A Taste of Two Locally Made Kimchi

Susan Pagani / Heavy Table

In terms of super foods, the Korean condiment kimchi belongs in the nutritional league of justice: full of lactobacilli, antioxidants, fiber, and vitamins, it is credited with aiding digestion, fighting cancer, and curing yeast infections. Not only that, but the Korean Agro-Fisheries Trade Corporation attributes the fermented vegetables with “restraining aging skin” and helping Nicolas Cage balance his mind and soul.

But whatever about all that, kimchi is just tasty. For the home cook, it adds a tangy, pungent heat to everything from scrambled eggs to stews and sandwiches — we are currently obsessed with the onion-brat-kimchi combo at Sun Street Breads — and, of course, it fits right into the mess of vegetables and egg atop a bibimbap (see Dong Yang’s version, below). As a side dish, kimchi can be a deliciously cool and crunchy salad.

Dong Yang Dolsot Bibimbap

Katie Cannon / Heavy Table

It’s easy enough to find recipes for kimchi (here’s ours), but it’s a time-consuming project. What’s more, kimchi also has a slightly fizzy mouth feel and bubbles when you open it; this is normal, but it can unnerve the canning-wary. Happily, if you don’t have the time or fortitude to make kimchi, you can buy it at the store. Today we have reviewed two locally made brands with very different flavor profiles for your gustatory and gastrointestinal pleasure.

Angelica’s Garden Kim Chi

Angelica’s Garden Kim Chi ($12 / 16 oz.) combines organic green and Napa cabbages with a variety of vegetables and spices to create a kimchi that is surprisingly hot and dominated by flavors of spicy-sweet ginger and garlic. It is shredded in parts and has a softer, more succulent texture than some kimchi. In fact, it tasted a bit like a doctored-up sauerkraut.

Susan Pagani / Heavy Table

The difference between sauerkraut and kimchi, aside from the obvious, is in the cabbage and how it is fermented. Sauerkraut uses white cabbage, shredded and dry cured in salt and spices, and then fermented in its own juices. Kimchi uses Napa cabbage, whole or chopped, wilted in salt water, rinsed and then fermented in a combination of spices and fish paste.

The flavor and juiciness of Angelica’s kimchi makes us wonder if it is, at the very least, made with some sauerkraut. Is that wrong? No, it’s delicious and she certainly doesn’t claim to have a traditional kimchi. Besides, some resources say that there are nearly 200 varieties of kimchi — who’s to say the flavor it produces isn’t traditional? In terms of use, however, we would say that Angelica’s Garden Kim Chi is a bit too saucy and hot to eat like a salad. We enjoyed it piled on top of flank steak, pork sausages, and salmon and it turns mild-mannered chicken soup into a nose-clearing, cold-killing dynamo.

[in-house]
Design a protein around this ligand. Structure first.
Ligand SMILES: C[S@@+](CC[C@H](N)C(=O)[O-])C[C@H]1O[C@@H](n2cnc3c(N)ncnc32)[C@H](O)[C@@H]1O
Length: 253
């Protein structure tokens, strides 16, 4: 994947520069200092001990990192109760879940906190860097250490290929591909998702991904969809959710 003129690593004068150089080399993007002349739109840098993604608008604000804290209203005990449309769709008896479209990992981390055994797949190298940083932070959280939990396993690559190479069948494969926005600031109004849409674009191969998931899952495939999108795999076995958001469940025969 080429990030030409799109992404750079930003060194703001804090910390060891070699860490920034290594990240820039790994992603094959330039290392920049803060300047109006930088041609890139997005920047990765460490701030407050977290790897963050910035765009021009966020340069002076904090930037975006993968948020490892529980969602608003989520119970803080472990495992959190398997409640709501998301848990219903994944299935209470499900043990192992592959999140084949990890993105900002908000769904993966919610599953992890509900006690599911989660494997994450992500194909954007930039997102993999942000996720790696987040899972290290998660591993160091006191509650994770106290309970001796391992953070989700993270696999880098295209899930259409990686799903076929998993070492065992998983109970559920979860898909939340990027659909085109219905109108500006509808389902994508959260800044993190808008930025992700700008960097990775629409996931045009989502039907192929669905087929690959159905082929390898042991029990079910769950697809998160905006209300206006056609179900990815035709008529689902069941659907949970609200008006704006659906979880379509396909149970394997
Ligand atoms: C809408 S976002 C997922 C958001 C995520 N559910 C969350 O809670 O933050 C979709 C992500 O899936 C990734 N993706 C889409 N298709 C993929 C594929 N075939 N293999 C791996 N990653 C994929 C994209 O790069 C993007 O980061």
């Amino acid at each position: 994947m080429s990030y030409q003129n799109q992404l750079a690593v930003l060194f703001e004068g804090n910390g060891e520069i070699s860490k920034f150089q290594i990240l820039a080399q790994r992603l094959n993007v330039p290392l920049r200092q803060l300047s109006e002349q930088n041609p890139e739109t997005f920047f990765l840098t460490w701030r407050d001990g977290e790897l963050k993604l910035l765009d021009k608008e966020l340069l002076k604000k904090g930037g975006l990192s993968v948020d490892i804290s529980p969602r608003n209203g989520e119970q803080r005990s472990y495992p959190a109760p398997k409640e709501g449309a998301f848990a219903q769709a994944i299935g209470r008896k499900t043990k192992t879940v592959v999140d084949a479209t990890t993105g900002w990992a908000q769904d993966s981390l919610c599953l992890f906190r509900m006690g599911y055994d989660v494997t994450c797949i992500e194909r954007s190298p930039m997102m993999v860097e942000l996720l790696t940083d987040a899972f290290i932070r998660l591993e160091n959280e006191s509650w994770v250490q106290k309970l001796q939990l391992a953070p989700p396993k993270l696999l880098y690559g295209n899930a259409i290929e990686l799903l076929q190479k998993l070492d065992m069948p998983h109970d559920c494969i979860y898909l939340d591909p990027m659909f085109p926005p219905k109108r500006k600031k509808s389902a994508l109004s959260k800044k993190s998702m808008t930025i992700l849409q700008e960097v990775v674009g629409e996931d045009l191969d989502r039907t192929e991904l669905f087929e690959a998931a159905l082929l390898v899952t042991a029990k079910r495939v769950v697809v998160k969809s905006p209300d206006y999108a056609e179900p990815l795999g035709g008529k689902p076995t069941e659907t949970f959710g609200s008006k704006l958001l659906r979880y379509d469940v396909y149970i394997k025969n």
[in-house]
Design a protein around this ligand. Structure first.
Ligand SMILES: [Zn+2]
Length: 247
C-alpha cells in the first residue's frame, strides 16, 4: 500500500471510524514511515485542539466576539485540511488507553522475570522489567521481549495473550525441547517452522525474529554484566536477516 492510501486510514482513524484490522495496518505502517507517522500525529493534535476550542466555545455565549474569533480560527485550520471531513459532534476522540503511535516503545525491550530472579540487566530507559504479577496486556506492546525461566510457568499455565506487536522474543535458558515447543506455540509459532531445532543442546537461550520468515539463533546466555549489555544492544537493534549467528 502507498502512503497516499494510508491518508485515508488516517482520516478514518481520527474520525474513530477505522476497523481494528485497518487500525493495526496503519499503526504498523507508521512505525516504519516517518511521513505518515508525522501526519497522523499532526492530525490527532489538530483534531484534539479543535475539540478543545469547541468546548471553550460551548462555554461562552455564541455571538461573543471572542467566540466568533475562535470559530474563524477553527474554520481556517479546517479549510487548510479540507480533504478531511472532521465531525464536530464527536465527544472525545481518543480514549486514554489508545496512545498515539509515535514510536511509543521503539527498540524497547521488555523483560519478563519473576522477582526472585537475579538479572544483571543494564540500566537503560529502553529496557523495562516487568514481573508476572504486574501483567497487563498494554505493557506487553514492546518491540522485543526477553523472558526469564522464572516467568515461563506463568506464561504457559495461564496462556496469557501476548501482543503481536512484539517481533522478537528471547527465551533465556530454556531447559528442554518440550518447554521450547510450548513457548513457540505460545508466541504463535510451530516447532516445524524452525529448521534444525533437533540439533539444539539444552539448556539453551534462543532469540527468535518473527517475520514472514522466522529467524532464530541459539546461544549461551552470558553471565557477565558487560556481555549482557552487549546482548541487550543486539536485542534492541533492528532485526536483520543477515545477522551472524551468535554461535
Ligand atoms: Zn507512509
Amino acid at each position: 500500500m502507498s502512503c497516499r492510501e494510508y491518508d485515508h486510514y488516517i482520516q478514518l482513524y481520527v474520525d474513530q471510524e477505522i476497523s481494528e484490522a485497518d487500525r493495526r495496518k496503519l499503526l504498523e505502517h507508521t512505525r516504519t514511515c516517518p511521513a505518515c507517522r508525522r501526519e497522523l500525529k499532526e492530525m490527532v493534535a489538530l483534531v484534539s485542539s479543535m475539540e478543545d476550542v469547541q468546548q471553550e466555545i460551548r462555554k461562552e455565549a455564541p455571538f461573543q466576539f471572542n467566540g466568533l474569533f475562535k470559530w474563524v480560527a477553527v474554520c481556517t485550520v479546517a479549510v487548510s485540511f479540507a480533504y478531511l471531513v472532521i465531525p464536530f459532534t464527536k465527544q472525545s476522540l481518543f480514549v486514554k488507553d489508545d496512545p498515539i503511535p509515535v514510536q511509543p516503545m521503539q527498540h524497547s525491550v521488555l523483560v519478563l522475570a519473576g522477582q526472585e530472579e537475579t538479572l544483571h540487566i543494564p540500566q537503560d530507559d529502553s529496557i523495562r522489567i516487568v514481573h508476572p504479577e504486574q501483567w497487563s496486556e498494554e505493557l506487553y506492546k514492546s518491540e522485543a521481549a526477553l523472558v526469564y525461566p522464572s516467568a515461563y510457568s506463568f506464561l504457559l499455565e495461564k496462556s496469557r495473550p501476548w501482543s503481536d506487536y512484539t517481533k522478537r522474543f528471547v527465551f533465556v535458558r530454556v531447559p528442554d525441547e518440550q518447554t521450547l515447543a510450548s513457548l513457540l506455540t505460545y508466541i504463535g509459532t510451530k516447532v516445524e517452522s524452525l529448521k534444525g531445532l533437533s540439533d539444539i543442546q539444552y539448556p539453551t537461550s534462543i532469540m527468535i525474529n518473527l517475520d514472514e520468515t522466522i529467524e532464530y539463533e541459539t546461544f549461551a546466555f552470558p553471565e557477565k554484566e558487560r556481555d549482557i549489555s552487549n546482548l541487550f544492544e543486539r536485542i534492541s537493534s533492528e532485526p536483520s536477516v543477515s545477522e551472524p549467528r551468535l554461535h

Yon’s Foods Kimchi

In Yon’s Foods Kimchi ($5.39 / 16 oz.) all the traditional flavors — spicy chili pepper, bitter greens, subtly sweet cabbage, and an overall salty pungency from anchovy paste — form a cohesive, savory whole. The greens are soft, but the radish and cabbage are fresh, tender, and crunchy. And yes, there is that telltale fizz we have come to love and expect.

Although Yon’s Foods Kimchi is quite spicy and piquant, in comparison with Angelica’s it seems mild. Of the two, it would make an easier companion in a dish with ingredients that might otherwise be overwhelmed by the latter’s juicy ginger wallop. We like it scrambled with our eggs, melted in our quesadillas, and as a crunchy component in duck fried rice. It’s also brilliant eaten plain: We have more than once devoured half a jar standing at the counter.

Both Angelica’s Garden Kim Chi and Yon’s Foods Kimchi are widely available at local supermarkets; we happened to find them at Seward Co-op. You’ll find a list of store locations for Angelica’s Garden products here.

Susan Pagani / Heavy Table

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8 Comments

  1. “gustatory and gastrointestinal” – nice turn of phrase

  2. How surprising to read this, having stood in my own Minneapolis kitchen today devouring Yon’s from the jar. I thought it was just me.

  3. There’s a pretty kickass mild kimchi down at Mill City Farmer’s Market from Kiss My Cabbage. She sells out fast, so plan to get there early!

  4. And…. Just finished my jar of Yon’s Kimchi last night. Time to grab a new one.

  5. Thanks for sharing, I’ve been wanting to buy some Kimchi for a Korean meal – but honestly I had no idea what was good locally – awesome to see a review!
    -Jade

  6. I also think that Kiss My Cabbage’s Kimchi and sauerkraut are far more superior in flavor! Do try them out if you love kimchi.

  7. Angelica’s Kim Chi is my favorite, hands down. She’s been perfecting her craft for a long time and grows a lot of her own produce.

  8. This seems to be an article discussing flavor only. When it comes to ingredients, Angelica sources from her own farm as well as other farms in the area, using only organic and sustainably grown produce, with deep awareness of soil building practices woven into her philosophy. I don’t know if Yon’s is organic or how she sources her veggies and that is an important factor to me. Yon’s certainly has a rich and delicious flavor with the addition of the fish sauce. This adds sugar, by the way, unless she is using homemade fish sauce or Red Boat brand fish sauce. Kiss My Cabbage has her own unique flavorprint that is extremely delicious but fairly mild in terms of punch, and although she makes it on her farm, I don’t think she is using all farm produce. I say, sourcing produce is very important, and also- to each their own bacterias, and subsequent tastes! More fermenters! More picklers! A call to action!

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